Mr. Deputy Speaker: Order. I really did not need that help, but the point is [ Interruption. ] Order. The hon. Lady is exceeding her ration. Can she please bring her question to a swift end?
Anne Moffat: Please may we have a debate on that in the new year?
Ms Harman: I will look into the possibilities of having a debate on the important issues that my hon. Friend raises.
Philip Davies (Shipley) (Con): May we have a debate on the Equality and Human Rights Commission? A recent answer to a parliamentary question that I tabled showed that, on average, the commission pays men more than women, white people more than those from ethnic minorities, and non-disabled people more than disabled people. What on earth is the point of a politically correct organisationit is given huge quantities of taxpayers money to give lectures around the country on equal pay that does not even practise what it preaches?
Ms Harman: The hon. Gentleman shows how important it is to have transparency. We must ensure that all organisations publish information about pay gaps between genders and ethnicities, and about how many disabled people they employ. That is not just important for the EHRC, because we need that transparency in the whole public sectorand in the private sector too.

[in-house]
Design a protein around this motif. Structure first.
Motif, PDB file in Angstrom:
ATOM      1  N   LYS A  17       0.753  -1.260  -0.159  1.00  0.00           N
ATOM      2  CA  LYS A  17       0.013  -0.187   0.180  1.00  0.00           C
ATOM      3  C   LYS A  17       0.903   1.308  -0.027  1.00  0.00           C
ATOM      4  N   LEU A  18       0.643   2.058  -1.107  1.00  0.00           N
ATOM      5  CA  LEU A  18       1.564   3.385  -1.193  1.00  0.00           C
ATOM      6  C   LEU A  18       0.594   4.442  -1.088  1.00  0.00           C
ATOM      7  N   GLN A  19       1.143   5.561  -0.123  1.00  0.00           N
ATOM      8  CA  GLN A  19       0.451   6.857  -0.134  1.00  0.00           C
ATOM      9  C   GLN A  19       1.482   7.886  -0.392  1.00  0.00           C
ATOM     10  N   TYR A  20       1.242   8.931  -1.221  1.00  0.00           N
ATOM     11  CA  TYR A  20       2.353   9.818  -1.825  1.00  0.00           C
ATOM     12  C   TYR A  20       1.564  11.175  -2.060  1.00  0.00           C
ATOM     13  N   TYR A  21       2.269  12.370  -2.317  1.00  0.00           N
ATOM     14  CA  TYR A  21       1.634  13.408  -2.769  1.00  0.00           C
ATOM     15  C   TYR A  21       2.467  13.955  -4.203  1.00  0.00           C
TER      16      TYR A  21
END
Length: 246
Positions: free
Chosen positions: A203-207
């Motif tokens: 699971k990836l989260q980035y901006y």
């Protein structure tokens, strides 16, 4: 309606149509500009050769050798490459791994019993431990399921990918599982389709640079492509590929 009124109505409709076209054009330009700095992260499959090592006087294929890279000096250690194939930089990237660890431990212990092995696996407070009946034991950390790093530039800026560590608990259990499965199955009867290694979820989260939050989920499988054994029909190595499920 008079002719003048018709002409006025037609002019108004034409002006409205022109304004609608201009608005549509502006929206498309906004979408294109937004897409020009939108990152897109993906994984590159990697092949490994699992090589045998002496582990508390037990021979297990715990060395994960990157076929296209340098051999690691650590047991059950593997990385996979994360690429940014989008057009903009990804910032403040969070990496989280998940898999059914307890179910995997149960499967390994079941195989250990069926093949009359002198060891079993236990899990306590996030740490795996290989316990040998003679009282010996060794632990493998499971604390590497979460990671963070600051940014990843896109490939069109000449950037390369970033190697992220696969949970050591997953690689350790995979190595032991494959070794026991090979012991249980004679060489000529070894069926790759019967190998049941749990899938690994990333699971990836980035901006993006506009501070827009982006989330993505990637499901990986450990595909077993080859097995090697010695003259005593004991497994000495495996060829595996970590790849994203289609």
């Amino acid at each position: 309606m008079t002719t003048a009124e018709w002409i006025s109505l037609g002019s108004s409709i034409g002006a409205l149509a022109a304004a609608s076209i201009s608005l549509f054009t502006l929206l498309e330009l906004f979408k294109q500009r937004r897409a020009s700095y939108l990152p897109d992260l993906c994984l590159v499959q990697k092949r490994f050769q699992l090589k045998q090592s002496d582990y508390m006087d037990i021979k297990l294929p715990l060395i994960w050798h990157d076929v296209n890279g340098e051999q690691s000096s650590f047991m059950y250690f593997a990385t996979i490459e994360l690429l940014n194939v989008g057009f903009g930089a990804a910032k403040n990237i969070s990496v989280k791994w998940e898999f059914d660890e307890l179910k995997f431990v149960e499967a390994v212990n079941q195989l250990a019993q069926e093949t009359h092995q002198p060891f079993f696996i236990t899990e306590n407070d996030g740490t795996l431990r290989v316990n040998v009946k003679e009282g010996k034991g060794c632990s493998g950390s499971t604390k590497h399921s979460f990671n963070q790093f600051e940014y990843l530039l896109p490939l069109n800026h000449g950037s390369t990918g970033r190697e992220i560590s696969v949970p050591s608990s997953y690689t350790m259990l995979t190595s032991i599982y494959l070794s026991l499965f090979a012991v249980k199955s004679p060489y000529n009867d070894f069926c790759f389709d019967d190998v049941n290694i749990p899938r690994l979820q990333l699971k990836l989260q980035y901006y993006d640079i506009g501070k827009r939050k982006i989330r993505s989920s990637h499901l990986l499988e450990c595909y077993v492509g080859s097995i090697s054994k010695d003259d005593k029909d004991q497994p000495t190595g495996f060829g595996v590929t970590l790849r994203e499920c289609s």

Rob Marris (Wolverhampton, South-West) (Lab): We spend a lot of time in this House passing legislation to sort out previous legislation that has not worked out. Given that this will be the shortest parliamentary Session for many yearsand that the Queens Speech was also the shortest for many yearsmay we please have two days devoted to the Report stage of Bills more frequently?
Ms Harman: I know that there is a long-standing concern that we should have enough time to debate issues on Report. We always look to do that, and I hope that my hon. Friend will support the post-legislative scrutiny arrangements that we are introducing. They will enable us to look back and make sure that legislation does the job that we thought that it would. Also, he does not know yet that this will be the shortest Session ever, as we have not yet determined when it will end.
Mr. Tobias Ellwood (Bournemouth, East) (Con): Will the Leader of the House consider introducing an annual debate on tourism? It is our fifth biggest industry, worth £90 billion a year and the fact that the Olympics are coming to the UK gives us a great opportunity to harness its potential, in London and elsewhere.
Ms Harman: That is something that can be debated when we consider the report of the relevant Select Committee.